For decades, greyhounds have been used for sport in the state of Florida in the United States. However, a recent Amendment passed that has changed the future of the sport—and the dogs. Known as Amendment 13, the measure passed by sixty nine percent recently. Statistics say that 460 dogs have died at the state’s eleven racetracks in the last five years. The racing of greyhounds in the state of Florida will be phased out completely by the year 2020. There are forty other states in the United States that have already banned dog racing because of animal cruelty concerns. Many considered Florida to be the last major state to practice dog racing.
Over the years, investigations have shown that many greyhounds are confined in small areas for over twenty hours each day. The dogs are prone to very serious and tragic injuries while on the race tracks and many of them are drugged to affect performance. A woman named Kitty Block, who is the president and CEO of the Humane Society of the United States (also known as HSUS) says the Amendment is a step in the right direction for dogs. She says this marks the end of many dogs’ suffering in the sport and will open them to loving homes. The efforts to pass the measure are thanks to many different groups of people in the industry coming together to not only get the measure on the ballot, but to educate the public on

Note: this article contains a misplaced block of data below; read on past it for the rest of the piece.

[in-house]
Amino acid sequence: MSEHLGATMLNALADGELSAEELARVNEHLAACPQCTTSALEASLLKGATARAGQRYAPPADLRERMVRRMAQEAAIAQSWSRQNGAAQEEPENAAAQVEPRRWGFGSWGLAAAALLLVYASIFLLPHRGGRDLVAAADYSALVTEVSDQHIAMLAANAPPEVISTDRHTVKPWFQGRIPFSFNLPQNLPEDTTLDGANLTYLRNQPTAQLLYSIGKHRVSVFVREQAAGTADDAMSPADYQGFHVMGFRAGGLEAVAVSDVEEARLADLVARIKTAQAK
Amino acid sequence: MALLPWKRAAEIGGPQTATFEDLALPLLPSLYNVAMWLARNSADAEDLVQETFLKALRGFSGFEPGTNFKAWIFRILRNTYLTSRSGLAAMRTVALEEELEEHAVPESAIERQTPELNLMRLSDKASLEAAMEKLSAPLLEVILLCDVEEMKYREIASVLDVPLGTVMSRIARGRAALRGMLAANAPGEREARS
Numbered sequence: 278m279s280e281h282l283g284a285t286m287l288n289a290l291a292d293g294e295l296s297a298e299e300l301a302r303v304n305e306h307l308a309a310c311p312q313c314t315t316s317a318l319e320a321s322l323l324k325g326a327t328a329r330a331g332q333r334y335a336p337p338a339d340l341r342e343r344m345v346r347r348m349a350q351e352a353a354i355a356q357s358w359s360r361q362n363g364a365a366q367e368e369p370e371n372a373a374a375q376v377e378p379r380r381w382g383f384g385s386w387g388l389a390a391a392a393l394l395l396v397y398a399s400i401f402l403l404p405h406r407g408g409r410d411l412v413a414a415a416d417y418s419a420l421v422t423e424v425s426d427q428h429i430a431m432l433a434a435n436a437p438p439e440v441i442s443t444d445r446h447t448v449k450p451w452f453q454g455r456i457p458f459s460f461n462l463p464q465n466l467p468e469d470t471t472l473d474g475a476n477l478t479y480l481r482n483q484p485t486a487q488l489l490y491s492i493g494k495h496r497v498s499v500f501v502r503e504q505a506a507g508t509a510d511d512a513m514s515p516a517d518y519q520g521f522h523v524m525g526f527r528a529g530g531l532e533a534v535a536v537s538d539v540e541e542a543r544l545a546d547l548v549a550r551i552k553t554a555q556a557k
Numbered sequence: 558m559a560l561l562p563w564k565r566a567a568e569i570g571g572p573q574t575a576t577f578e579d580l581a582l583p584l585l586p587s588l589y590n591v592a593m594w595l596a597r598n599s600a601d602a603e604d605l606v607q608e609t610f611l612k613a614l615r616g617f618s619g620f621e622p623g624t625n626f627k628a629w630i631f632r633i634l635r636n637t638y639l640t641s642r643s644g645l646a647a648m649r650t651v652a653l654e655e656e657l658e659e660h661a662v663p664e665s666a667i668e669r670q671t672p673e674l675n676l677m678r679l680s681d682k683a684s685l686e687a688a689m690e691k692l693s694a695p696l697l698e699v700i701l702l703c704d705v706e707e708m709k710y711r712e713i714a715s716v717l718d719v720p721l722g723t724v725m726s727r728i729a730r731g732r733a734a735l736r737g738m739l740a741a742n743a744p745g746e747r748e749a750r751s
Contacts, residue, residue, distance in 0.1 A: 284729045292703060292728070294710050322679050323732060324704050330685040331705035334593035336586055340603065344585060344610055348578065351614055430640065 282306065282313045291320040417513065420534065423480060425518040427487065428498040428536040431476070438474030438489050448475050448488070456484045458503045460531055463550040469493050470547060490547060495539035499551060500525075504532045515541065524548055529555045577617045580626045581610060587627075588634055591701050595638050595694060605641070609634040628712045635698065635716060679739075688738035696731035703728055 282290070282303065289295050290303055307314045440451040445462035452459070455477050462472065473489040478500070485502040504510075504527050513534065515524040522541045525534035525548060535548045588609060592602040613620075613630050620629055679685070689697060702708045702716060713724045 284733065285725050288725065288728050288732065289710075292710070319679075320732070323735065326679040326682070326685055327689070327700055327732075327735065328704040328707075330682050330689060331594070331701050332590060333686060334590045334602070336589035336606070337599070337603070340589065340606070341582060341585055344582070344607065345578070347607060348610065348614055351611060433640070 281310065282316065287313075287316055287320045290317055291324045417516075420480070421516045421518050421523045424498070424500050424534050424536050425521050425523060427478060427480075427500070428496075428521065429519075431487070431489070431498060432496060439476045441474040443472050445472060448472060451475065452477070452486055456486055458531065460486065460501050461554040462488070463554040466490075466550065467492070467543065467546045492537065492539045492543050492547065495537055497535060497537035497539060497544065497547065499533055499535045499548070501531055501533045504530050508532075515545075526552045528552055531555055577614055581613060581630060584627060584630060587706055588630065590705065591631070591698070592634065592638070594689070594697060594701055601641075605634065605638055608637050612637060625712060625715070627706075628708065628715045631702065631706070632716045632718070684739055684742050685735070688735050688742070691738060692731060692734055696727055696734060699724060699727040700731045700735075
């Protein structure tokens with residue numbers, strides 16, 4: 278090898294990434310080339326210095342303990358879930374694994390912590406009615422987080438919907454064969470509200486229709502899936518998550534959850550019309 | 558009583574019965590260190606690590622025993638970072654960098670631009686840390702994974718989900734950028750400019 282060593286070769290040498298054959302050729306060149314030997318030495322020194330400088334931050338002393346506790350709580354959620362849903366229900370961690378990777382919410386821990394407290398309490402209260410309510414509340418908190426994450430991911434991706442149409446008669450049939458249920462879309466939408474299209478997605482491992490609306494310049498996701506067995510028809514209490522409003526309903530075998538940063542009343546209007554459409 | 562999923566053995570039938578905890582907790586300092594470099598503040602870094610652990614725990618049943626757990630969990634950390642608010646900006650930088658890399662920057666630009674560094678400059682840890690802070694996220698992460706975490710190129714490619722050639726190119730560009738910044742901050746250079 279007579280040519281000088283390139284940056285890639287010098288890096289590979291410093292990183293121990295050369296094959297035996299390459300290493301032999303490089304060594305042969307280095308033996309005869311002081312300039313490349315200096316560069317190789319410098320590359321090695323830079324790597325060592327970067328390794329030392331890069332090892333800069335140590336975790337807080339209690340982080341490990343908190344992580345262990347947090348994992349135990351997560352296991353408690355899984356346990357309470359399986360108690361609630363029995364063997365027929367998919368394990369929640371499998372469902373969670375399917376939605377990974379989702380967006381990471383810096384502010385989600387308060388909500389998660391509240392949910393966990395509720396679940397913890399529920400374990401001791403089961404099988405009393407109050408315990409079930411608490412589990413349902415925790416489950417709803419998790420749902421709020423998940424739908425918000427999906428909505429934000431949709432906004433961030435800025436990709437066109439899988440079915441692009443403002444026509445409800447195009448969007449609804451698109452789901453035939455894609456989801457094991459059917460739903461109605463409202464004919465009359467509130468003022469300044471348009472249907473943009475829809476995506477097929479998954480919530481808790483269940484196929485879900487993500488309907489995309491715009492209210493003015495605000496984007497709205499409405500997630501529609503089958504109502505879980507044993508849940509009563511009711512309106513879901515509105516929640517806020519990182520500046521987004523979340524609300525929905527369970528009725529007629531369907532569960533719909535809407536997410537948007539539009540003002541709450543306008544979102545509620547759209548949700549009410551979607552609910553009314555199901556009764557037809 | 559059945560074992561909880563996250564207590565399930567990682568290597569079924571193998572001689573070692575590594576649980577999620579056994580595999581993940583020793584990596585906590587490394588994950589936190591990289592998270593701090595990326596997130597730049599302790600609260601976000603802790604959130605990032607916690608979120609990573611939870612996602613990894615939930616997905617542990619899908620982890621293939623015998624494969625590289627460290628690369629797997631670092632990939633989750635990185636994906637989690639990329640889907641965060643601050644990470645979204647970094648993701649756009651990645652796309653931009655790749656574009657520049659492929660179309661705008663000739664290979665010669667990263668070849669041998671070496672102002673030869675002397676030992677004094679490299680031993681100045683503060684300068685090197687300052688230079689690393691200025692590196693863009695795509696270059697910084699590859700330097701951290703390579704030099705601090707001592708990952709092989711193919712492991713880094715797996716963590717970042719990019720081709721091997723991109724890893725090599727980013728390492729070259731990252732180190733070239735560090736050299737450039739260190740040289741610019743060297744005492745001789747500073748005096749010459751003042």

the problems in the dog racing sport.
The measure, also known as Protect Dogs – Yes on 13 – was sponsored by HSUS GREY2K USA Worldwide and the Doris Day Animal League (also known as DDAL) and the Animal Wellness Action (AWA) group. The groups say that on average, a dog died on the Florida racing tracks every three days. An estimated 8,000 dogs are currently being raced in the state of Florida.